Chickens Coop Tours

Tour de Coop: Terry~West of Boston

I had the pleasure of attending Terry’s Chicken Workshop this past weekend.  Part of that workshop included a wonderful and detailed tour of her chicken coops and gardens.

Terry has two chicken coops.  One houses her older flock of girls.  These include a Buff Orpington, a Silver Laced Wyandotte, Barred Rocks, Sex-Link Hybrids, Polish Crested Hens, an Australorp and tamed white Bantams.  One of these Bantams, Coco, has the stage name, Tillie.   When Terry does book readings, of Tillie Lays An Egg, Tillie always makes the trip and visit too.  Most of these girls would be considered elderly for chickens.  Some of these girls no longer lay eggs, but are well loved and enjoy spending their days being spoiled by Terry and her family.

This coop, although built 8 or so years ago, seems like it has been there for years.  It is beautifully shingled and has lots of antique salvaged working windows.  These windows allow fresh air and plenty of sunshine to enter the coop.  Terry stresses that sunlight is important in keeping a healthy flock.  It helps to keep the coops dry.  Moisture harbors disease causing pathogens.   This coop also features a working cupola and predator proof cement floors.  However, the most unique thing about this coop to me, is that she keeps a beautiful bunny in the run with the chickens.  Her name is Candy.

 

         

 

A few years ago, Terry had a wonderful New England style barn built on site at Little Pond Farm.  Half of this barn houses her two Nigerian Dwarf male goats, Pip and Caper.  The other half is dedicated to her new mixed backyard flock that she lovingly calls, the gems.  Each new girl, has been given a name corresponding to a different gem stone.  These younger girls, will soon lay eggs.

            

Every attention to detail has been made.  I must also share that like me, Terry stresses keeping a clean coop and run.  This helps to keep down disease.  “Even the cobwebs should be dusted out”, Terry told those that attended her workshop.  She also is diligent about keeping the fly population down.  In fact, due to her weekly replacement of hanging fly sticky tape, we did not see one fly.

 

Terry prefers to use old antique wooden ladders as roosts.  These are perfect for the girls.  As the ladder is leaned against the wall, various roosting options at various heights are created.  It took her about 3 days to train the gems to sleep on the roosts.  Now, at night, they are sleeping on the roosts, figuring out who wants to sleep next to whom.  The other fantastic thing about the ladders, is that they are removable.  During bright sunny days, Terry places them out in the yard, in the sunlight, to help kill off any harmful organisms and unwanted pests.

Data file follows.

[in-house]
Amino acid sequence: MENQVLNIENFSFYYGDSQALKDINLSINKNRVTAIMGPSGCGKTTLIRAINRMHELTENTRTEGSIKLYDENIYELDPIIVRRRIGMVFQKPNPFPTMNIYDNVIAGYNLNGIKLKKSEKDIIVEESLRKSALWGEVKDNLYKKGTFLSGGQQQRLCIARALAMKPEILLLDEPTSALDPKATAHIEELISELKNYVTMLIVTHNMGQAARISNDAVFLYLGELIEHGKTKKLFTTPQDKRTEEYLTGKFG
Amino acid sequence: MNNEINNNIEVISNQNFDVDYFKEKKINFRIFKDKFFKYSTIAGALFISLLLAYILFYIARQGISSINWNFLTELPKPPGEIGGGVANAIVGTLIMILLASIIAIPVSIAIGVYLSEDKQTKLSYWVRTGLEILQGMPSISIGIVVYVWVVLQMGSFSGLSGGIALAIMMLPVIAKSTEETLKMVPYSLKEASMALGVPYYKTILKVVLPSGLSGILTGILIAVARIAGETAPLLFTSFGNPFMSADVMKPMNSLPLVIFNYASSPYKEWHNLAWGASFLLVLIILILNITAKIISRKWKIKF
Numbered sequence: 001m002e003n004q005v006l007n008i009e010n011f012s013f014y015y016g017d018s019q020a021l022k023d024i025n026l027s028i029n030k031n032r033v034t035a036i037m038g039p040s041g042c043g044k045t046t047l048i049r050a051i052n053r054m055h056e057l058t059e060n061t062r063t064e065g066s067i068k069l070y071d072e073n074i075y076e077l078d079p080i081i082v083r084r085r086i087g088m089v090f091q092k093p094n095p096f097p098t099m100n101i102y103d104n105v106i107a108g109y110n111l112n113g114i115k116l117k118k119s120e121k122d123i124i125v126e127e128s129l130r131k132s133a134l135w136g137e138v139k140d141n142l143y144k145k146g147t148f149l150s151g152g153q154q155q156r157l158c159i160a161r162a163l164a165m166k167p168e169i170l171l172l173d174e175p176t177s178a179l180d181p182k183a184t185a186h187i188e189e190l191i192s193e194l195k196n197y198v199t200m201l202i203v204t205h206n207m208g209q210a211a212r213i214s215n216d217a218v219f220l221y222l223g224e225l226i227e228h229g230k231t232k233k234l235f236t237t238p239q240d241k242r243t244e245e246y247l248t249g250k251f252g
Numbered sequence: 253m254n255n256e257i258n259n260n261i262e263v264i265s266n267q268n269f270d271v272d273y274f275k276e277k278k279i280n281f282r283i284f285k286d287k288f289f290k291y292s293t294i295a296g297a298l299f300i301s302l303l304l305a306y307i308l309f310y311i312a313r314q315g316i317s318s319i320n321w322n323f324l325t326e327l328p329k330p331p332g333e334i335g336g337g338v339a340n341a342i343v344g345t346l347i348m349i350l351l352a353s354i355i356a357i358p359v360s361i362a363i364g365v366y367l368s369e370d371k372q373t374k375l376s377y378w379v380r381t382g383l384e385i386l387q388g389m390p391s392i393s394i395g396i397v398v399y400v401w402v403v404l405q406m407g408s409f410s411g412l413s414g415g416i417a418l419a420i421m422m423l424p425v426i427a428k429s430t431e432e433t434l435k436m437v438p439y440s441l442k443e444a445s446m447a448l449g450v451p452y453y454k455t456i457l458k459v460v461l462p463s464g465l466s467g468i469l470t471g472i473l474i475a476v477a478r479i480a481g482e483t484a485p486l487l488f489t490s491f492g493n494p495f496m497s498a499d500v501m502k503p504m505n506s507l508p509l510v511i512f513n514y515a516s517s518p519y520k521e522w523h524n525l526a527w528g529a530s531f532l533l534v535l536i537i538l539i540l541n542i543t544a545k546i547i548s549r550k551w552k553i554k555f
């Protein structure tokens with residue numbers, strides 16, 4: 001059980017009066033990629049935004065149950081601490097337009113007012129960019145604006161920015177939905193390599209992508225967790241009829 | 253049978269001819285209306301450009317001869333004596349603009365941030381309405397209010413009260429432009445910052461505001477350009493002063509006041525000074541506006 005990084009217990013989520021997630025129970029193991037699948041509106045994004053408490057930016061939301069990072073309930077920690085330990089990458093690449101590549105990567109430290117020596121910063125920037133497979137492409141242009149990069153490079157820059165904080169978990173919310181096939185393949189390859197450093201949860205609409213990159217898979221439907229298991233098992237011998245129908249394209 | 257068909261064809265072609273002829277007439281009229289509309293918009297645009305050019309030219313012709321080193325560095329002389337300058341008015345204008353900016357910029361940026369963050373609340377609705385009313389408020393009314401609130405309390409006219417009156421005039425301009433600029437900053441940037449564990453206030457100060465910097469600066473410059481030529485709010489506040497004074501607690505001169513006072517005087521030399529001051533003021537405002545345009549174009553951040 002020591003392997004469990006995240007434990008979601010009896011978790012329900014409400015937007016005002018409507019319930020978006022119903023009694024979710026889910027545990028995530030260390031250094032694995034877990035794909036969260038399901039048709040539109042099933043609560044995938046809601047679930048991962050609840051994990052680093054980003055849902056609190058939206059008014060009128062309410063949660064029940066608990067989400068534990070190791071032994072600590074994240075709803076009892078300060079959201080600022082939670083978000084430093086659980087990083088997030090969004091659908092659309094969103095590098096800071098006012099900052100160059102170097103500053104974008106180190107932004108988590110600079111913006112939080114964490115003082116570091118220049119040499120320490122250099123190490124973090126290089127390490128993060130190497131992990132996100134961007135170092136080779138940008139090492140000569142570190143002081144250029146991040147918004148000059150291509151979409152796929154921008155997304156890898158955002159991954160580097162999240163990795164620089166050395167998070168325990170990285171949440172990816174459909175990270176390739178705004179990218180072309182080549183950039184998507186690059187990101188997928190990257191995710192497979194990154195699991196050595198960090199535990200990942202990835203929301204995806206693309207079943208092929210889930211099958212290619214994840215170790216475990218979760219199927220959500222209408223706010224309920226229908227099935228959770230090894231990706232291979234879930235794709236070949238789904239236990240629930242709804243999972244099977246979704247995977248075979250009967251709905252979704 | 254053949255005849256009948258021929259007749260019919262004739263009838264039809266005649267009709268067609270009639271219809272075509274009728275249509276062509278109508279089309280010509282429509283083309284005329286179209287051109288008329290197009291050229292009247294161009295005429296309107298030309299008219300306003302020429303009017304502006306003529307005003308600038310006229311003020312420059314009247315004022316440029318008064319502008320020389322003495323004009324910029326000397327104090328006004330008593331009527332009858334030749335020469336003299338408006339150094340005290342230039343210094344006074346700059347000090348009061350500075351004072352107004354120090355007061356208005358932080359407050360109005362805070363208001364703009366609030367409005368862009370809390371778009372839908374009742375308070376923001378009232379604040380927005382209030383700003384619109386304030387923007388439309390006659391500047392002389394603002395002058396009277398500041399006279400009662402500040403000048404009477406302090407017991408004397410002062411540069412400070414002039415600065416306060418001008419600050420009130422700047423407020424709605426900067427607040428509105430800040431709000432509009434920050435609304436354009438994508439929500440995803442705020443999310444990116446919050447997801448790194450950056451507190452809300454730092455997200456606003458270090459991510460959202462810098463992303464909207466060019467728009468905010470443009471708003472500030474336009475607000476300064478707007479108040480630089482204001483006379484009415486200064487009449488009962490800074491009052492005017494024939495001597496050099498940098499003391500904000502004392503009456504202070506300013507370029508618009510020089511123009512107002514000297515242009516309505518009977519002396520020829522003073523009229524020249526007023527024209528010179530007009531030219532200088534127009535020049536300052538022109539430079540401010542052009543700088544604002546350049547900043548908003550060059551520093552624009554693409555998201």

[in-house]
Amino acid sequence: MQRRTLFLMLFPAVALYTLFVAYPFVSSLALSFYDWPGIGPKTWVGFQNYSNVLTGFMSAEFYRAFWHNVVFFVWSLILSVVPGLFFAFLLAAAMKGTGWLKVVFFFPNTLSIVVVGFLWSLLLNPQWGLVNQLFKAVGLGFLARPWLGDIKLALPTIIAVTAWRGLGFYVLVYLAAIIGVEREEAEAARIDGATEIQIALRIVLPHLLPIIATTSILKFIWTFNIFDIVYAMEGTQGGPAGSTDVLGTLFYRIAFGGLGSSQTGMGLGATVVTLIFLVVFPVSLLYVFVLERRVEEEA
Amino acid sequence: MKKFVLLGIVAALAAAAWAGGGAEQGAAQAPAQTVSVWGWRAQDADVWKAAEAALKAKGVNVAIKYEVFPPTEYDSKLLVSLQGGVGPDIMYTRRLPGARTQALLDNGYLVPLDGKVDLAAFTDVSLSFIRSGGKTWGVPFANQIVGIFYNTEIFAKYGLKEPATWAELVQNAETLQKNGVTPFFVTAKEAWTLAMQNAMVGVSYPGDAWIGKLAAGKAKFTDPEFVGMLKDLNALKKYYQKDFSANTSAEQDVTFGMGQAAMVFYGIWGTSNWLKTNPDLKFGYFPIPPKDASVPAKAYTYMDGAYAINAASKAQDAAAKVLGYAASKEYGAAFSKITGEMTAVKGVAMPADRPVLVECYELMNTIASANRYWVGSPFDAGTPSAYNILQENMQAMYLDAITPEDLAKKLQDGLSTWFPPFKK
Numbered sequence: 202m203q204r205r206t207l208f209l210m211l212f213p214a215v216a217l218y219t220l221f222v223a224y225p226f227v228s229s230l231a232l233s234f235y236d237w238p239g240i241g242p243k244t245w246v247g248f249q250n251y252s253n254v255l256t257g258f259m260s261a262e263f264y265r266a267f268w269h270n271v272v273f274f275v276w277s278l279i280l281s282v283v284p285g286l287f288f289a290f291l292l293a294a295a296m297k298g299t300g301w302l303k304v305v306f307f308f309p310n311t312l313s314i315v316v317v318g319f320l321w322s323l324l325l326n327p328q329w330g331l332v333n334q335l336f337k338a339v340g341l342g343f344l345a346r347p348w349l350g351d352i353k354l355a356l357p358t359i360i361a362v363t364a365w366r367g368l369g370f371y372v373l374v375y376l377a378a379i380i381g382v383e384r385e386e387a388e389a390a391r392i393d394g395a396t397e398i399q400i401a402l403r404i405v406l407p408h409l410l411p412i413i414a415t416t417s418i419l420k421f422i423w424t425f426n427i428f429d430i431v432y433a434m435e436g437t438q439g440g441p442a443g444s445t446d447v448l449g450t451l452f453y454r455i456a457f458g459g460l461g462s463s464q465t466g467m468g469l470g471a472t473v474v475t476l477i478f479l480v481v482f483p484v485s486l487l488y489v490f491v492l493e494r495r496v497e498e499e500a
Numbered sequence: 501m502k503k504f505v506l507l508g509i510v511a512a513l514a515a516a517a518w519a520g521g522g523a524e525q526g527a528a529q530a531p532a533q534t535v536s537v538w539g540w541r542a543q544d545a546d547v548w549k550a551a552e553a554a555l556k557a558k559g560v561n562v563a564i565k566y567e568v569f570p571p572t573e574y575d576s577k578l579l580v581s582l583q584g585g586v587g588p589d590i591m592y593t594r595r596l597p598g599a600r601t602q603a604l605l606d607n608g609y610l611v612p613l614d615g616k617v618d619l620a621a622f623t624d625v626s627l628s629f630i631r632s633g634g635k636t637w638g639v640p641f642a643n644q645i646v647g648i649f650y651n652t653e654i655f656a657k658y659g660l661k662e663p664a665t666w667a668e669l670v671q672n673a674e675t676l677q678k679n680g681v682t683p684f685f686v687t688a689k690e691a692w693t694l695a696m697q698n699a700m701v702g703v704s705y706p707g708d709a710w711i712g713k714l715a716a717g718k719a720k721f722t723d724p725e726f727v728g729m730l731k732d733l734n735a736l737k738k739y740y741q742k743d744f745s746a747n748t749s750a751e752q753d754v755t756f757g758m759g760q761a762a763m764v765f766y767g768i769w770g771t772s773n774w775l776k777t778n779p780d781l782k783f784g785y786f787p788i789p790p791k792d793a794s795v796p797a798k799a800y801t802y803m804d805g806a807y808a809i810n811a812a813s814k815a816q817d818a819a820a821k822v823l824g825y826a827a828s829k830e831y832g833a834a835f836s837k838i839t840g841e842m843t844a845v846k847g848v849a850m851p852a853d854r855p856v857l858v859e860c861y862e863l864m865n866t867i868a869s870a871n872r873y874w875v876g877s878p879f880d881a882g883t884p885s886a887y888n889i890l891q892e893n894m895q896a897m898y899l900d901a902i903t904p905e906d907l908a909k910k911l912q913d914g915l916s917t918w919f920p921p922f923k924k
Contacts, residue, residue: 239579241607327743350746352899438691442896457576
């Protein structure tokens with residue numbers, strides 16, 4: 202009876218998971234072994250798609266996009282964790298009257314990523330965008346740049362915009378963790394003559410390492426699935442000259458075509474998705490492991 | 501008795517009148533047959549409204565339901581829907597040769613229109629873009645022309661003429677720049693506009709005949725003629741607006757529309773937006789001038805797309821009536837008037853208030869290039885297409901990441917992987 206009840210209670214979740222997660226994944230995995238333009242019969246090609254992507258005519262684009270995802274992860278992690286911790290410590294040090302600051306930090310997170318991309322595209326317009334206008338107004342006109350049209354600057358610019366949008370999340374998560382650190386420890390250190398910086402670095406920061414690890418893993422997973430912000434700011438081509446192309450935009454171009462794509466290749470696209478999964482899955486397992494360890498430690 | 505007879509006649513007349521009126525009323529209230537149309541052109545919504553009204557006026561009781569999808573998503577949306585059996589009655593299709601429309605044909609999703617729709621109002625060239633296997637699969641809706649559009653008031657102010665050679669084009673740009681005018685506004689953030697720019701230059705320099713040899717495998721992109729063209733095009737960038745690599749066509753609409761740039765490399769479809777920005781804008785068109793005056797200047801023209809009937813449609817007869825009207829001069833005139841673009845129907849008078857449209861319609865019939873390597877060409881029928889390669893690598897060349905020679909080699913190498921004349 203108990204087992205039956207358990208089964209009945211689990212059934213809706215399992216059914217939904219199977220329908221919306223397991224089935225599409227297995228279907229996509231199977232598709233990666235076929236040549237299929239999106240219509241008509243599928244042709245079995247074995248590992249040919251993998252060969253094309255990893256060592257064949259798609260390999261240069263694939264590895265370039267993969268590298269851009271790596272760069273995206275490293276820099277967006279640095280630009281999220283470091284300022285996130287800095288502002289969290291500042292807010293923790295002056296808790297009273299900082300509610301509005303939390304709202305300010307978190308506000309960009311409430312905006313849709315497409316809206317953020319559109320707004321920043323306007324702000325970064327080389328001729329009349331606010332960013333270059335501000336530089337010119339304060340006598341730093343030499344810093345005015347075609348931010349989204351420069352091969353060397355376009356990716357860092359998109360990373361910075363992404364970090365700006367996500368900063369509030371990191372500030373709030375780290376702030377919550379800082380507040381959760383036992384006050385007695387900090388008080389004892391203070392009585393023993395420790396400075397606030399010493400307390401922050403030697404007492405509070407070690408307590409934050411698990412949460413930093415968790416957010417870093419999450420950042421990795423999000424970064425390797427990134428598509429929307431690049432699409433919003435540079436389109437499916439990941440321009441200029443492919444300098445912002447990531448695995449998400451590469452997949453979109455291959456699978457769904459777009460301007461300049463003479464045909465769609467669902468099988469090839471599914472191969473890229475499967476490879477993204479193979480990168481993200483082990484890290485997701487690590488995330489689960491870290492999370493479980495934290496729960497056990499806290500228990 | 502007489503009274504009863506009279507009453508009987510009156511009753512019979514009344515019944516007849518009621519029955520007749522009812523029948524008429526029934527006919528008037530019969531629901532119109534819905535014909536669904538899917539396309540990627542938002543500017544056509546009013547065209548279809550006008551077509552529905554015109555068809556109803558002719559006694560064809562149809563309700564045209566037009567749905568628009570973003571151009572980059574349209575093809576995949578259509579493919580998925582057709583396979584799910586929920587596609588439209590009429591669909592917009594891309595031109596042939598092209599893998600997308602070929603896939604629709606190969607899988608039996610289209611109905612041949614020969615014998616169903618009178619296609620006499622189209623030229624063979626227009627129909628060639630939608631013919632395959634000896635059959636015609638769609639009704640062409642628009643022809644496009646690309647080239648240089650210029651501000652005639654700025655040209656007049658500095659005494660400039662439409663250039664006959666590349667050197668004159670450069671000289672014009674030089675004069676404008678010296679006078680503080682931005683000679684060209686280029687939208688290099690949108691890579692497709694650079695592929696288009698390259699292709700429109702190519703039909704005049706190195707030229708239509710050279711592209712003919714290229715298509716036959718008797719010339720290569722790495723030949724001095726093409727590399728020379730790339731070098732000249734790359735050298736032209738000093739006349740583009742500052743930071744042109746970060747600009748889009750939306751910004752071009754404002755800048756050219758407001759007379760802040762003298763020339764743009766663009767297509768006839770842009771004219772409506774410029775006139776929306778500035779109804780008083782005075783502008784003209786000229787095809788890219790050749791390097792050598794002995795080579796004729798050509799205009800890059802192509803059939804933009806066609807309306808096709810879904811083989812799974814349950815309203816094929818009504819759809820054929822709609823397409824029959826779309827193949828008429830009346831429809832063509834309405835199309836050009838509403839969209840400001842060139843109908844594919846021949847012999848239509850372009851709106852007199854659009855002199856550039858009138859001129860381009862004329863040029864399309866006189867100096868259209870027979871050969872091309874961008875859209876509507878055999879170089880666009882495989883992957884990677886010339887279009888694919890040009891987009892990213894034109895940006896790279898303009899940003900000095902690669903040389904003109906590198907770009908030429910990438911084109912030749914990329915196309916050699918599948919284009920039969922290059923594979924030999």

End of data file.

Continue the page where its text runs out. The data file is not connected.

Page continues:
She is also a huge advocate of backyard composting.  Rather simply, she keeps open composters in both chicken runs.  The chickens love to climb inside and scratch at the compost pile with their feet.  The chickens do the work for Terry.  When the compost bin is full, she spreads the partially cured compost out in the area where she and her family enjoy growing pumpkins.  There it cures for a bit and is ready to use when it is time to plant her garden and pumpkins.

 

I felt privileged to be allowed into Terry’s wonderful sanctuary.  This is a place where the animals live surrounded by much love, warmth and appreciation.

To view the animals in action or for more information, please visit Terry’s site.

This post is linked up to Homestead Revival’s Homestead Barn Hop.

Photo Credits:  Tilly’s Nest

  • as always love your blog!!!

  • Thank you Georgia! It is a lot of fun creating and sharing with all of you.

  • i loved seeing these pics!!

  • I love your Tour de Coop series. It's fun to see the different styles and techniques chicken keepers have/use. Your photos are wonderful…I hope there are more coops to tour!

  • Sounds lovely… lucky girls 🙂

  • Did Terry say how she trained her pullets to use the roosts? I have pullets and they camp anywhere especially on my nestboxes which makes them unuseable for laying. I'm cleaning out nestboxes daily.

  • Thank you so much Terri, Jennifer and Maryann for the lovely compliments. Yes, more Tours are planned for the future. In the meantime, you can check all of the ones done so far under "Tour de Coops" on the right hand side of the page.

  • Carmi, great questions. I went through the same thing too. Yes, Terry blocks off the nesting boxes completely with cardboard, as her pullets are not laying yet. In the evening, she had to place each pullet on the roost. It took about 3 nights until they got the hang of it. She does not even allow them to go in the nesting boxes until they are of age to lay.